Public Notice Public Notice
NOTICE FOR PUBLICATION - FULL RELEASE OF MORTGAGE: Notice of Intent to Execute and Record a Certificate of Release TITLE GUARANTY DIVISION, IOWA FINANCE AUTHORITY: TO: Key Bank USA, National Association and others to whom this may concern: The Title Guaranty Division, Iowa Finance Authority (Division) has received a request to issue a Certificate of Release for the mortgage described below pursuant to Iowa Code §16.92 and rules issued thereunder. The mortgage described below does not have an effective release or satisfaction of record in Keokuk County, Iowa: . The original principal amount of the mortgage: $40,000.00 Loan number, if known: 2472872KF Name of mortgagor(s): C. Sherleen Bodkins Name of original mortgagee (lender): Key Bank USA, National Association Date of the original mortgage: 3/14/2003 Recording date of original mortgage: 5/8/2003 Recording information of original mortgage: Book 394 Page 57 Other applicable recording information: None YOU ARE HEREBY NOTIFIED THAT THE DIVISION WILL EXECUTE AND RECORD A CERTIFICATE OF RELEASE FOR THE MORTGAGE DESCRIBED IN THIS NOTICE IF THE DIVISION DOES NOT RECEIVE A SATISFACTORY REASON WHY THE DIVISION SHOULD NOT RELEASE THE DESCRIBED MORTGAGE ON OR BEFORE July 18, 2014. THE NOTICE MUST BE IN WRITING TO THE FOLLOWING ADDRESS: Title Guaranty Division Iowa Finance Authority 2015 Grand Ave. Des Moines, Iowa 50312 An example of a satisfactory reason preventing the Division from issuing a Certificate of Release may include but is not limited to evidence of an unpaid balance of the loan secured by the mortgage or evidence that a release or satisfaction of mortgage pursuant to Iowa Code Chapter 655 has been placed of record in the appropriate county. Title Guaranty Division, Iowa Finance Authority By: Carolyn M. Nutt Name: Carolyn M. Nutt Title: Mortgage Release Compliance Officer Date: 5/22/2014 23-3
Notice Of Sheriff’s Levy And Sale Iowa District Court Keokuk County Court Case #EQEQ040646 Civil #14-000272 STATE OF IOWA KEOKUK COUNTY Hills Bank And Trust Company VS. Amanda S. Hervey; Spouse of Amanda S. Hervey; Parties in Possession; and Steven Keith Simmons Special Execution As a result of the judgment rendered in the above referenced court case, an execution was issued by the court to the Sheriff of this county. The execution ordered the sale of defendant(s) real estate described below to satisfy the judgment. The Property to be sold is Lot Six in Block Four of A.E. Lowe’s Addition to the City of Sigourney, Keokuk County, Iowa The described property will be offered for sale at public auction for cash only as follows: Date of Sale: July 22, 2014; Sale Time: 10:00 A.M.; Place of Sale: Keokuk County Sheriff’s Office Lobby, 204 S. Stone St., Sigourney, IA 52591 Homestead: Defendant is advised that if the described real estate includes the homestead (which must not exceed 1/2 acre if within a city or town plat, or, if rural, must not exceed 40 acres), defendant must file a homestead plat with the Sheriff within ten (10) days after service of this notice, or the sheriff will have it platted and charge the costs to this case. This sale not subject to Redemption. Property exemption: Certain money or property may be exempt. Contact your attorney promptly to review specific provisions of the law and file appropriate notice, if acceptable. Judgment Amount: $24,844.43; Costs: $1,053.00; Accruing Costs: $0.00; Interest: $575.54; Sheriff’s Fees: Pending. Attorney: Kenza B. Nelson 131 Main St. Box 160 Hills, IA 52235 319-679-5330 Date: May 28, 2014 /s/ Casey J. Hinnah Sheriff, Keokuk County, Iowa 24-2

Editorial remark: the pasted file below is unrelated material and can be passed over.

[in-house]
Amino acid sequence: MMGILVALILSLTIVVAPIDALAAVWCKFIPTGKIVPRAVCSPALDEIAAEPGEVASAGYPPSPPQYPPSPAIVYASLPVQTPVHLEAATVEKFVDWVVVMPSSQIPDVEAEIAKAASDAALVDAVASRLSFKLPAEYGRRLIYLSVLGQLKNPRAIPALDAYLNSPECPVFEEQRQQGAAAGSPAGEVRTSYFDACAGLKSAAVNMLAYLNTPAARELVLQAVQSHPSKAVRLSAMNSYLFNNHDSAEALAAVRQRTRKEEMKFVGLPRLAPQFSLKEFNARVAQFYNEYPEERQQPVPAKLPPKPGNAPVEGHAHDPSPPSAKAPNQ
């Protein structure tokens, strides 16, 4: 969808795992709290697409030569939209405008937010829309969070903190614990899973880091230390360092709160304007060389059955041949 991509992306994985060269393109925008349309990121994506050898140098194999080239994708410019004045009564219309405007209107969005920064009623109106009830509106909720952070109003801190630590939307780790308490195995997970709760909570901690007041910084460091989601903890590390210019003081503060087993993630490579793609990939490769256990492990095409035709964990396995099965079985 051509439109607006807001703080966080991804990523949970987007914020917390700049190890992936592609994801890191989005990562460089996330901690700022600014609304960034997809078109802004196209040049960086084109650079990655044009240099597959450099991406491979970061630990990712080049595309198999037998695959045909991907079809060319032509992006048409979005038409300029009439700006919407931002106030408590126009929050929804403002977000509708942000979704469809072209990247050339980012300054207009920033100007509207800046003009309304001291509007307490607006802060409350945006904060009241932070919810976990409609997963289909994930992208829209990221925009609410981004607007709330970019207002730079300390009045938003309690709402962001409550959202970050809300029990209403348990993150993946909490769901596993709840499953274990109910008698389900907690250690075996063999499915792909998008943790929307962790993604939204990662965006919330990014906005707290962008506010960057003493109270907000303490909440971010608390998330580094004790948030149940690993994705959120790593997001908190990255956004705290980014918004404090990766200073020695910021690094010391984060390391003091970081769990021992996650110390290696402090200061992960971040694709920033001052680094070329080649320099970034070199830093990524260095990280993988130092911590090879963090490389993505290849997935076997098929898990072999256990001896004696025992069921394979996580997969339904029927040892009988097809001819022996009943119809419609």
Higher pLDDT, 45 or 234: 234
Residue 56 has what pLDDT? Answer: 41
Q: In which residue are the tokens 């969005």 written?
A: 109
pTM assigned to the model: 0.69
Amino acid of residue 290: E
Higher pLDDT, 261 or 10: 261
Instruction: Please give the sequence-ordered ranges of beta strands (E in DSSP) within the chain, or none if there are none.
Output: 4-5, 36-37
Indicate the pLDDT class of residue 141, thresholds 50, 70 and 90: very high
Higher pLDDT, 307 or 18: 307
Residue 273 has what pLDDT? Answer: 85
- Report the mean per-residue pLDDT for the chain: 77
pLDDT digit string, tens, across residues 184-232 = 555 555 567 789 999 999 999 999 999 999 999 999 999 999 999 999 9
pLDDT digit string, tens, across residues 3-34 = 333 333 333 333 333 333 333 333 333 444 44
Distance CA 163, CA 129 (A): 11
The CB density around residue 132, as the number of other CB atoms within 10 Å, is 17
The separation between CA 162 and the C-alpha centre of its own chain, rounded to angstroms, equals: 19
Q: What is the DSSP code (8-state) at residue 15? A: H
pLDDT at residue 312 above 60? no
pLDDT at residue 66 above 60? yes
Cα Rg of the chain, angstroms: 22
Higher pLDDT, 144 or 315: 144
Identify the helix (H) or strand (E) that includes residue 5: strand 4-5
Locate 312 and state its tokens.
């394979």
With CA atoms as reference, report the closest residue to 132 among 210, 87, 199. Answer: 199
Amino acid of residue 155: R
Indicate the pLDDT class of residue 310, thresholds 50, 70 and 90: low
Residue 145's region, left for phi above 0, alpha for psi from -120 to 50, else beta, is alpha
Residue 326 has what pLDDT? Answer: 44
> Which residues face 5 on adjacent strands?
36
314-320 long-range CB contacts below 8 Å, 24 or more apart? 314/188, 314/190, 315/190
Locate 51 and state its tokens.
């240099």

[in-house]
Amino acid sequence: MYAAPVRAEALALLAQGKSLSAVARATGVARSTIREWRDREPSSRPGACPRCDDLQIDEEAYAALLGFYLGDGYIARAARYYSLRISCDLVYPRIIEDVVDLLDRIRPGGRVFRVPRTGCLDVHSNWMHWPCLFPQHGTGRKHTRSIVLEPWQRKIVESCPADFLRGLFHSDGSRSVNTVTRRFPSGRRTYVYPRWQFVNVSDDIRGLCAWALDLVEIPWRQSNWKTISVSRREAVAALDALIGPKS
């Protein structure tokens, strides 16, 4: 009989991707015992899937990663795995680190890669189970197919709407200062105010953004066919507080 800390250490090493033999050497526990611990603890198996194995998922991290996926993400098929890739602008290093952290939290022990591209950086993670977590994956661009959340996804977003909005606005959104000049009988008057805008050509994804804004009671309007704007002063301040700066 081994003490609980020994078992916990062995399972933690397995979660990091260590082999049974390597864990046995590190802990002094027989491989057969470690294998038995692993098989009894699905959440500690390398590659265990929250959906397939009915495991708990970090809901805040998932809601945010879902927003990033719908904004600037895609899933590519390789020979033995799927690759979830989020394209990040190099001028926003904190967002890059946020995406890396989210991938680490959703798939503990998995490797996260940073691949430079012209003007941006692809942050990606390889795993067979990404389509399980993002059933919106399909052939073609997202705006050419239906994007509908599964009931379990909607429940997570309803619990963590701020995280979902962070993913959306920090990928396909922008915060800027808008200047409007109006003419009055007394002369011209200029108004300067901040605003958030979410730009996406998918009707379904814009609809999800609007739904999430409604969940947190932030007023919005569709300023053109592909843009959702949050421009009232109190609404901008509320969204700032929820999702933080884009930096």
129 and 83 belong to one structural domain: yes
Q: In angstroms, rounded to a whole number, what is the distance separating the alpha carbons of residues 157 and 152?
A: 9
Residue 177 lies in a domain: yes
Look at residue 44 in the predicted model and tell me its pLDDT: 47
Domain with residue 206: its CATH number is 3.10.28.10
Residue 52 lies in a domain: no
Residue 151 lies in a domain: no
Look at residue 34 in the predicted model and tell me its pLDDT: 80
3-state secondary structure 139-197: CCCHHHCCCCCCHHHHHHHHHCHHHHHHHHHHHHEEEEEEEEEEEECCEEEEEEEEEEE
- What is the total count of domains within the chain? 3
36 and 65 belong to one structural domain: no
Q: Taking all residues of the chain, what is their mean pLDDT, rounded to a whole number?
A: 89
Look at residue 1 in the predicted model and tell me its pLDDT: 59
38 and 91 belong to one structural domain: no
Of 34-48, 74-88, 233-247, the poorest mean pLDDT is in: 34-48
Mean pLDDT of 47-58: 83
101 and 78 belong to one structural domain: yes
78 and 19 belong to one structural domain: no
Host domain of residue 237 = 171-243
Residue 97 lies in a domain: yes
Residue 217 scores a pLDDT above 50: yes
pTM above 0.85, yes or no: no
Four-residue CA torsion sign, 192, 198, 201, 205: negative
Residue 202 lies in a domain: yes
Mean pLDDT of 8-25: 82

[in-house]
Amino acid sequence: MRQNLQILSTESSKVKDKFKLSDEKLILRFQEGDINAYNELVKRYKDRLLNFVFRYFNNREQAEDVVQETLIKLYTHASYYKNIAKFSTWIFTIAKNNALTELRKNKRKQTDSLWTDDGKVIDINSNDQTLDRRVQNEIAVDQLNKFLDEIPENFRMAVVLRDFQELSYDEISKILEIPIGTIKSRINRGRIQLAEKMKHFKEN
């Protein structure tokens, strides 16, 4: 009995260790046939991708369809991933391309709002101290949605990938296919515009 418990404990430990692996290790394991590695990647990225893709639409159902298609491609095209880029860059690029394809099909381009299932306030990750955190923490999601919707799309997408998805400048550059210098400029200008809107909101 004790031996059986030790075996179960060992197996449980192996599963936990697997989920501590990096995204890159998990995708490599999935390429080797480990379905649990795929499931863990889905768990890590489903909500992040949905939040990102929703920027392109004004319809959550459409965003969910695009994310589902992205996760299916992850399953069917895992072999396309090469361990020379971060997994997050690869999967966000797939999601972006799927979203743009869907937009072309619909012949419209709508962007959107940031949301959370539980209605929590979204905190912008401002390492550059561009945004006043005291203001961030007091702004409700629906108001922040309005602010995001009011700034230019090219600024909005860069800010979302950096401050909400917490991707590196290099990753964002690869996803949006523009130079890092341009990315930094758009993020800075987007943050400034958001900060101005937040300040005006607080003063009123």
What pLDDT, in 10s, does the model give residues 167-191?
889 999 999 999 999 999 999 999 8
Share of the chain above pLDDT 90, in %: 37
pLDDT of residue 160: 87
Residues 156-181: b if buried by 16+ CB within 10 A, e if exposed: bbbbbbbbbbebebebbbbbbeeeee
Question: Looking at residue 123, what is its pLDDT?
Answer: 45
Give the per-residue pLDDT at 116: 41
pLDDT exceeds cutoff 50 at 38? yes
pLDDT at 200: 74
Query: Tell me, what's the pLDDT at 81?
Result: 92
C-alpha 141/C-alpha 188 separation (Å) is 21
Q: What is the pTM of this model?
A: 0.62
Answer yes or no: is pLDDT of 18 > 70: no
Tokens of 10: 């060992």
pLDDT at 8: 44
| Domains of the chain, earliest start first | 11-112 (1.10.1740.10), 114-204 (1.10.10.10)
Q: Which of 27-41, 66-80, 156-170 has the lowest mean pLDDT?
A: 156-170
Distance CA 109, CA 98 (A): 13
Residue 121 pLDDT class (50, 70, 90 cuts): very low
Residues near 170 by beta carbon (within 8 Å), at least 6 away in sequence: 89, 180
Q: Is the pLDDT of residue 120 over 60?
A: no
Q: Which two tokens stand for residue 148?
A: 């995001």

Wednesday, June 11, 2014
Back-and-Forth Start Troubles Bears 6-2 English Valleys 1, Montezuma 5 • 6-4 English Valleys 1, Belle Plaine 5 6-6 English Valleys 11, HLV 1 • 6-7 English Valleys 3, Fairfield 10 6-7 English Valleys 0, Wilton 12
By Adam Meier, Regional Sports Editor In EV’s five losses so far this summer the Bears have scored at total of five runs; in their two wins the Bears have scored a total of 26. It’s been a feast-or-famine kind of start for the English Valleys baseball team so far this season, particular for its offense. The Bears managed to combine for a total of six hits in their first two games of last week and, as a result, lost them both. Against Montezuma the
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Bears didn’t score until the seven inning and fell by a count of 5-1. Brennen Grimm doubled and scored a run, and also threw five innings of two-hit ball and struck out eight, but took the loss. All four of the runs Grimm allowed were unearned. Cody Seaton accounted for EV’s other two hits on the night, one of which was a double. The Bears suffered the same fate two nights later at Belle Plaine. Singles from Adam Kerkove, Sheldon Ealy and Seaton, along with a walk from Casey Blaylock, was the only offense EV could muster. Andrew Kerkove took the loss on the mound, giving up four hits, two walks and two earned runs in an inning of work. Adam Kerkove relieved his brother and gave up only three hits and an unearned run in five innings. A trip to Victor was, apparently, what the Bears needed in order to get their bats going. Against HLV the Bears pounded out nine hits and scored 11 runs, including eight in the fourth, to get their second SICL